They were brought together at last and poor Isaac having much affection for his dead mother (Sarah) was now only comforted by Rebekah. Isaac had lost his queen but now he has gained a princess. God gave Isaac a cross with the passing of his mother and a comfort with the marriage to Rebekah. O daughters of Eve, God has always for you a comfort, your beloved Isaac who is Christ. To him you may come any time, at any hour, only veil your face, yes come in humility, in modesty and in subjection and look how Christ will embrace you bringing you to His Father's tent and comfort you with his blood which washes away all of your impurities and makes them white as snow.
What a treasure Rebekah found in Isaac - she was his wife and Isaac loved her - He loved her so much that she was the only satisfaction that could heal his mourning heart. His heart had bled so long for the passing of his mother but here now is the salve to soothe it - to stop this bleeding and replace it with the life that has been lost. O daughters of Eve, I pray that you may be a Rebekah to your husbands that they may love you and you may be to them better than the finest gold and the choicest silver.
Rebekah was barren and in conceiving was to be one of her greatest ailments and undoing because she loved one over the other in such a great measure that she forsook the training of one only to focus her motherly maternity on the child of her heart. This is a warning to all Mothers and to those desiring to be Mothers, for was it not the wives of the un-loved son who made life bitter for Isaac and Rebekah. They made it so extremely bitter like drinking vinegar and gall that poor Rebekah loathed her own existence and forbade her beloved Son to marry from the tribe to which these untrained wives descend.
Rebekah loved Jacob and hated Esau so much so that she exerted all of her womanly strength and cunningness to take away his blessings and have it bestowed on the child of her heart to whom the divine voice long ago uttered to her that the older will serve the younger. Before they were born she was told this in answer to her inquiry of the Lord and as the apostle to the gentiles will later unfold to us in Rom_9:10-12, that this happened according to the "the purpose of God, according to election, not of works but of Him that calleth," inasmuch as it was when “neither had done any good or evil.”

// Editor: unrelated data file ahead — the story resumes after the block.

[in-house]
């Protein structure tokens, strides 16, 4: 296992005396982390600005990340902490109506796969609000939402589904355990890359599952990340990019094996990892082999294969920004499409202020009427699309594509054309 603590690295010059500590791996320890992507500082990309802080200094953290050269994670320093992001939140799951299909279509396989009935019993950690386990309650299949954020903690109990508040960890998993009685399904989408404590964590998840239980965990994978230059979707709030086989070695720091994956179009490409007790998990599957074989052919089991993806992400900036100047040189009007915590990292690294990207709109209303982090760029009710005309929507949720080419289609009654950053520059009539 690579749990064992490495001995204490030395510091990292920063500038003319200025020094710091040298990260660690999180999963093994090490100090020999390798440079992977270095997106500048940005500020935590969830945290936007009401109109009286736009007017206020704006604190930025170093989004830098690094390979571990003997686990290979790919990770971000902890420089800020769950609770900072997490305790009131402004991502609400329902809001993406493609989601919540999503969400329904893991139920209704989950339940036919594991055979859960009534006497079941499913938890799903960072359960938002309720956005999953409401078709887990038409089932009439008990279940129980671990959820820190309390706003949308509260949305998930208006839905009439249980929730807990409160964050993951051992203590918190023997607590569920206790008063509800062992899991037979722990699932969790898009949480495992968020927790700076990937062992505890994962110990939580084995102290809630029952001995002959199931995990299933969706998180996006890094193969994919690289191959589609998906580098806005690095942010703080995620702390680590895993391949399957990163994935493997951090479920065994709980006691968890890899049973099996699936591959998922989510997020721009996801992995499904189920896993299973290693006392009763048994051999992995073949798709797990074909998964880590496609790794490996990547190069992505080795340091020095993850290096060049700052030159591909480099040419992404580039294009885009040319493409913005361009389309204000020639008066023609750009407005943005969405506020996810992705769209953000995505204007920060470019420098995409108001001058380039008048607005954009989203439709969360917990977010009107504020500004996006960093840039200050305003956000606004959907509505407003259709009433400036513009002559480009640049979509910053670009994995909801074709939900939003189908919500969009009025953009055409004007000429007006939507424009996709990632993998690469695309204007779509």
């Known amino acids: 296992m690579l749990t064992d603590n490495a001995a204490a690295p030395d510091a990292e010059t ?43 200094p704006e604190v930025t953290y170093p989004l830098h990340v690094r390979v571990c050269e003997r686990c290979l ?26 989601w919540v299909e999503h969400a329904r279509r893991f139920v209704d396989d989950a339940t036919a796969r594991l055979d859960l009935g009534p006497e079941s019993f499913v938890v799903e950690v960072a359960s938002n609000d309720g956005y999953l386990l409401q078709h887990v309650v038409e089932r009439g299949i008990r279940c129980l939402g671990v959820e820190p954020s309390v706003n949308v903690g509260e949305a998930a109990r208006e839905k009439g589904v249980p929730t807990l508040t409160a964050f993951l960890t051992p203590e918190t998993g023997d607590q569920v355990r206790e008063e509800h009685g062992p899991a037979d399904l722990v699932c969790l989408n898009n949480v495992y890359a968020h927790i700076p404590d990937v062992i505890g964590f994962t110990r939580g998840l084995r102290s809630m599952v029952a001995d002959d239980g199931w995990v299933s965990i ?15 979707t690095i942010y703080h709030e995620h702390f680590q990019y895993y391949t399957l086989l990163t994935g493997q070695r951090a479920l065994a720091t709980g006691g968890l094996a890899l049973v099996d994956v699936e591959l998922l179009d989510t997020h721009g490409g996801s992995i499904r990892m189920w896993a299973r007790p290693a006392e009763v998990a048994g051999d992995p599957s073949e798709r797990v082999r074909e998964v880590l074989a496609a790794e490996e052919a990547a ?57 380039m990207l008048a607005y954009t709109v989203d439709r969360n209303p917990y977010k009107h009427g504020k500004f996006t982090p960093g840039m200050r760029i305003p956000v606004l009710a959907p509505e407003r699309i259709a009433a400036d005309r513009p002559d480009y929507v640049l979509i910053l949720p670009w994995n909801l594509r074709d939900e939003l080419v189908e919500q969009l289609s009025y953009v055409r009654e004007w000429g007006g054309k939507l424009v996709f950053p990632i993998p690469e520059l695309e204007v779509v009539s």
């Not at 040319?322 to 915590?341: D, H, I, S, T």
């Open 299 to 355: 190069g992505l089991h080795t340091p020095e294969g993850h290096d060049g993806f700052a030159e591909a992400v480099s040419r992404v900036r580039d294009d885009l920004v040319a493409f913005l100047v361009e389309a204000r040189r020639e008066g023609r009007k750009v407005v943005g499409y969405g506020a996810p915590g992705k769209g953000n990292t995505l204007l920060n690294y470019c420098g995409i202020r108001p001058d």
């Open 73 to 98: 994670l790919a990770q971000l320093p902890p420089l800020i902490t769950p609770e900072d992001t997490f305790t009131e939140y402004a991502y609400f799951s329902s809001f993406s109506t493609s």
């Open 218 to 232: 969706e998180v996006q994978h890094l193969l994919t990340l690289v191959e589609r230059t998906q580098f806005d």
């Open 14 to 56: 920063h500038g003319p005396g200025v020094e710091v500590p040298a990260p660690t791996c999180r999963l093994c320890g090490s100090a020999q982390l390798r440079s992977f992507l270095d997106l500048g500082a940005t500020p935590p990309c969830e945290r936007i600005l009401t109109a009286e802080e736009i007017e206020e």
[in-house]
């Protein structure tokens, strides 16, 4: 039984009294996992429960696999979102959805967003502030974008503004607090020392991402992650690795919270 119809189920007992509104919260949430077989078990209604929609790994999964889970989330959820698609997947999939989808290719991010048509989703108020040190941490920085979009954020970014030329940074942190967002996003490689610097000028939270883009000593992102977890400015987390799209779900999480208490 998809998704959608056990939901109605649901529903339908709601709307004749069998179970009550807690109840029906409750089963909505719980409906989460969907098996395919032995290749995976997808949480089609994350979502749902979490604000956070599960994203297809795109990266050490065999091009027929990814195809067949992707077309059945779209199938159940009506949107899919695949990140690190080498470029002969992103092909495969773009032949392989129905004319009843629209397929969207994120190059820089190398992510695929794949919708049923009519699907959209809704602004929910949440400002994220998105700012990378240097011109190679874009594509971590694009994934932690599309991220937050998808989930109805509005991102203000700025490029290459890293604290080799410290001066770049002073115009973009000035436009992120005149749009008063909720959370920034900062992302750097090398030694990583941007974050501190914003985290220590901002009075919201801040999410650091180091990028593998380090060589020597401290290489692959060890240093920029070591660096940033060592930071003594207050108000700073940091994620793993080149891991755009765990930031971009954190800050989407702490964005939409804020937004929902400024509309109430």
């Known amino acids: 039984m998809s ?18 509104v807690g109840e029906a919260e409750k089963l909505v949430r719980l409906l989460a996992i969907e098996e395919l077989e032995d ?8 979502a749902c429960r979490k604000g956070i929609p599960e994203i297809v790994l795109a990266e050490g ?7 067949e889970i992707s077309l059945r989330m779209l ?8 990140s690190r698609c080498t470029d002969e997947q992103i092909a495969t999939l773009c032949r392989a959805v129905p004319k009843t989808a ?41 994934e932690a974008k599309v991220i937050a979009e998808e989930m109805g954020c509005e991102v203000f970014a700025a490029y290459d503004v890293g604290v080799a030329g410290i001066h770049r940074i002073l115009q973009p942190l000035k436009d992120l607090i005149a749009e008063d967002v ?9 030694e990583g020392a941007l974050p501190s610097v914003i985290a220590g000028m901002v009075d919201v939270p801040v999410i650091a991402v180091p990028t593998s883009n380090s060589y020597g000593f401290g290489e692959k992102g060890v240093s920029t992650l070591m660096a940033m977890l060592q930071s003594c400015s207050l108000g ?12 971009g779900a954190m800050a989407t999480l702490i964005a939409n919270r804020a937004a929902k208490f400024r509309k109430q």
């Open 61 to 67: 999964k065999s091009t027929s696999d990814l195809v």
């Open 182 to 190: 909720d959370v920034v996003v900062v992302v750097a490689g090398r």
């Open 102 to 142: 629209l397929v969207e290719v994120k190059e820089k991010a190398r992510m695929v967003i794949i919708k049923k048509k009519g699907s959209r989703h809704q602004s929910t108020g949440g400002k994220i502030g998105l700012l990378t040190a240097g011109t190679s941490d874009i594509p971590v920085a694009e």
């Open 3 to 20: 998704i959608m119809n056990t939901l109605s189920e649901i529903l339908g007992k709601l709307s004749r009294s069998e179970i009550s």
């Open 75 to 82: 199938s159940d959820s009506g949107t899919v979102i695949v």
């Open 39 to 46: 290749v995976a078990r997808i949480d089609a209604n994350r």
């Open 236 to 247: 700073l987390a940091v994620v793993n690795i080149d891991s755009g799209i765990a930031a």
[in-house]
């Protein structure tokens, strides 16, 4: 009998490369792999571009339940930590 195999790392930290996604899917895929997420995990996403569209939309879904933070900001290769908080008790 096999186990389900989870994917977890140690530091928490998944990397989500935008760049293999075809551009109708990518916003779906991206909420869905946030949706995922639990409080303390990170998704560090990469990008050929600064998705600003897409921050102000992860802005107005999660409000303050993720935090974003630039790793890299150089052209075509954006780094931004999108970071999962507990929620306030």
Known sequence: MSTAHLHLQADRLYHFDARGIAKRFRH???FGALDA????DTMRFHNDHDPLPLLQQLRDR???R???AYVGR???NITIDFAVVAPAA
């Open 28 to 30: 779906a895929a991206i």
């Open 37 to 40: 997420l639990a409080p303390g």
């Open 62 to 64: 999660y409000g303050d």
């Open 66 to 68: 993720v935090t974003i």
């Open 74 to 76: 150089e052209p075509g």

When it was time for a Father to bless his first born Son and grant him his blessings and give him all his properties, housewife Rebekah was present and listening to Isaac’s demand to Esau before He would bless him. Rebekah remembering the divine prophecy made known to her in her prayers and the tently motherly discussion between her and her beloved Son Jacob about Esau selling him his birthright, crafty Rebekah acted smoothly and decisively. She called her Son and instructed him to act deceitfully in order to gain the blessings. Here we see Rebekah’s unbelief for her blindness to the power of God to fulfill his promise in a holy way is compromised for she did evil that good might come. But God in his Sovereign ways works all for good to fulfill his unchangeable purposes.
Such methods of deceitful Rebekah are not spoken well of in scripture and wives are to flee from such a method as far as the east is from the west. But we all have our dark spots, we all have our shades of grey, we all have those impenitent sins which old age or history will bring to light. Some Mothers do have their Jacob’s and their Esau’s but you will do well daughters of Eve if you exert your motherly love to both your children in equal measure, purging what is bad in them and pruning what is good in them.
O poor Rebekah to have raised a son like Esau who wanted to kill your beloved Abel. Esau was almost a Cain and if not for wise Rebekah’s quick thinking, Jacob’s blood would soon be speaking from the ground, and how broken hearted Rebekah would have been. For she was broken hearted when she send Jacob away to find a wife and escape the wrath of her ungodly son, she knew not that she was sending him away from her forever and thus she brought on herself by the one great sin the loss of her favourite’s presence for the rest of her life, for she was not alive when Jacob returned, Isaac alone survived. Rebekah was buried in the same tomb as Abraham, Sarah and Isaac.